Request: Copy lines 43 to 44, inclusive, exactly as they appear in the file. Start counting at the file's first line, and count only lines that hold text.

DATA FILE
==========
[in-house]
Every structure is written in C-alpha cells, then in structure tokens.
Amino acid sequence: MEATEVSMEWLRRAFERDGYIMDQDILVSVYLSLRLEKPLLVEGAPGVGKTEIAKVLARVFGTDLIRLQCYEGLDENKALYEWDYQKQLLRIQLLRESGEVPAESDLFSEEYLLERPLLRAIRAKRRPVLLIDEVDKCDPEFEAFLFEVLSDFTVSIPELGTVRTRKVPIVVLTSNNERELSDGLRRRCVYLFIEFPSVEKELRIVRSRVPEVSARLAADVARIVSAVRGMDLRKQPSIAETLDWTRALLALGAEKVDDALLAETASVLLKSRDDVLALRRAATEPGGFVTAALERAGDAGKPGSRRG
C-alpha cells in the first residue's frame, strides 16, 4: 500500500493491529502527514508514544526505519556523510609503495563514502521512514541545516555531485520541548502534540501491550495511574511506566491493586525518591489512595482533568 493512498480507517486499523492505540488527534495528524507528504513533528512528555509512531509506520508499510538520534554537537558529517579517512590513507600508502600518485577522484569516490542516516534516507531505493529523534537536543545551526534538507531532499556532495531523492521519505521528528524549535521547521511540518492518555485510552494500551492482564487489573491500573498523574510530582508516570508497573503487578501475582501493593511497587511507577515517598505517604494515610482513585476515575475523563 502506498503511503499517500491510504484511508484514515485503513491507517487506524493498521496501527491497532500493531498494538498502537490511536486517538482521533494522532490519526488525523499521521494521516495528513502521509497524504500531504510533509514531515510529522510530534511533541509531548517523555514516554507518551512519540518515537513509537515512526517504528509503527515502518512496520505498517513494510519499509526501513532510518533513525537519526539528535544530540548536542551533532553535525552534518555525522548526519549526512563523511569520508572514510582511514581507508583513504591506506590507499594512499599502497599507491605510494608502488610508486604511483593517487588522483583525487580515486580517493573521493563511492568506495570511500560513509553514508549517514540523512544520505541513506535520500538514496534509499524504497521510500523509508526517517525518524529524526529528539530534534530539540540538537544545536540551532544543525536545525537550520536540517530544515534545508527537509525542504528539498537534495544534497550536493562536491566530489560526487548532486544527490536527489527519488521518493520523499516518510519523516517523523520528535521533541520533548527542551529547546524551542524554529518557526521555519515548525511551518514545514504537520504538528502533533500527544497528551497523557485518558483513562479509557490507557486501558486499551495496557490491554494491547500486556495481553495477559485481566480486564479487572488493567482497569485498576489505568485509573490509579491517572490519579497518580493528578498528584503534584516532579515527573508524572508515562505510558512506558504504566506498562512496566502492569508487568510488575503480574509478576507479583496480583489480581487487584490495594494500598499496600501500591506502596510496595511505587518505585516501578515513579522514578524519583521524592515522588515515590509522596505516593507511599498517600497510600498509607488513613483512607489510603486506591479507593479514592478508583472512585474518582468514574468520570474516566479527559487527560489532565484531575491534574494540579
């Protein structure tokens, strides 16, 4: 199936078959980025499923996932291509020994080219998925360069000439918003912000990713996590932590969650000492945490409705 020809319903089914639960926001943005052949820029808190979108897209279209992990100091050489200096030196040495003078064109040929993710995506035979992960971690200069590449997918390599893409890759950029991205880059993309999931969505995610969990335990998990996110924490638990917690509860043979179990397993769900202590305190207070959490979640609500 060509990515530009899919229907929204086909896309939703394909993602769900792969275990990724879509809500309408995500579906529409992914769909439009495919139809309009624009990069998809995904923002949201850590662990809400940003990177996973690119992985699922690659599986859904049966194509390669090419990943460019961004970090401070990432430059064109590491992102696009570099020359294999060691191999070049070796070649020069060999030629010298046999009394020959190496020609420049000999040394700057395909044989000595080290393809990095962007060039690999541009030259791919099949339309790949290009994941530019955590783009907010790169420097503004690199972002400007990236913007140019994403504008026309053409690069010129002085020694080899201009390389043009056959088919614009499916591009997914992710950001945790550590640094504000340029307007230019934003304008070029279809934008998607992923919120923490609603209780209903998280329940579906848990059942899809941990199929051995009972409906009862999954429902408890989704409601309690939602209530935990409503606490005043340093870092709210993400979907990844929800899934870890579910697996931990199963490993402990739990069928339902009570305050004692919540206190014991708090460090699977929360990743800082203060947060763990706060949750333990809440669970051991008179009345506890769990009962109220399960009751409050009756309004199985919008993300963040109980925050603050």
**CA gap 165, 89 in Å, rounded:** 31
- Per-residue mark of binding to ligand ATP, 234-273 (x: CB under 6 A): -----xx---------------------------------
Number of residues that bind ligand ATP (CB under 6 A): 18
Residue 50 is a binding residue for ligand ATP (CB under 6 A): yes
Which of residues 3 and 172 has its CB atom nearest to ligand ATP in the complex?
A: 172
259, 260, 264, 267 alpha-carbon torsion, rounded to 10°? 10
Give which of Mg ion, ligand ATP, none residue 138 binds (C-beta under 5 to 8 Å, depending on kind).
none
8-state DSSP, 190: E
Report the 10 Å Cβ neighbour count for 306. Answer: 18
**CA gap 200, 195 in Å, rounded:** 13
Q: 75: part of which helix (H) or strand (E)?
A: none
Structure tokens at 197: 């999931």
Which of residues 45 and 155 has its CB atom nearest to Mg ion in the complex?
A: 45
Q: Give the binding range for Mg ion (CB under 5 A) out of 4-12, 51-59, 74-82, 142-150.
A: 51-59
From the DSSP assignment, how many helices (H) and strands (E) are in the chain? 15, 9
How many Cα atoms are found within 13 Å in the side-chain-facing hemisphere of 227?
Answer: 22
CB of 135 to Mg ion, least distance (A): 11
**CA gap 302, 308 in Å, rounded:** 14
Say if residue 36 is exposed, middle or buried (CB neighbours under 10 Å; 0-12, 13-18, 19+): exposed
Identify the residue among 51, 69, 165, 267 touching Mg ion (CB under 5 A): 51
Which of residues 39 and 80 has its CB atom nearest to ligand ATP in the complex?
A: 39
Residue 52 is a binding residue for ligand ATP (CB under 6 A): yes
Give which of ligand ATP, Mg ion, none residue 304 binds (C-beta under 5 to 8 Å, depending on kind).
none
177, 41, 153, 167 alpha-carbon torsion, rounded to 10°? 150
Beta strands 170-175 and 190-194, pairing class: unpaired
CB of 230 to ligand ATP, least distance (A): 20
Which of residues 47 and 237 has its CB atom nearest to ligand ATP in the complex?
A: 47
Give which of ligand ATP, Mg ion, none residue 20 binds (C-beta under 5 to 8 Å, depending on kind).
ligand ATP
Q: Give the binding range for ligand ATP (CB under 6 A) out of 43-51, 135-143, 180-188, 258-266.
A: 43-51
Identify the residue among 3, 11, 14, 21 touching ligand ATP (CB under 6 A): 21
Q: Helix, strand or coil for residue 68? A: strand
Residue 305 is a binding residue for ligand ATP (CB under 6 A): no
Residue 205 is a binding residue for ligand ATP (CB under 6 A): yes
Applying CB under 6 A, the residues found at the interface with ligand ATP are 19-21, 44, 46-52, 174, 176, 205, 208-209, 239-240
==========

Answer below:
ligand ATP
Q: Give the binding range for ligand ATP (CB under 6 A) out of 43-51, 135-143, 180-188, 258-266.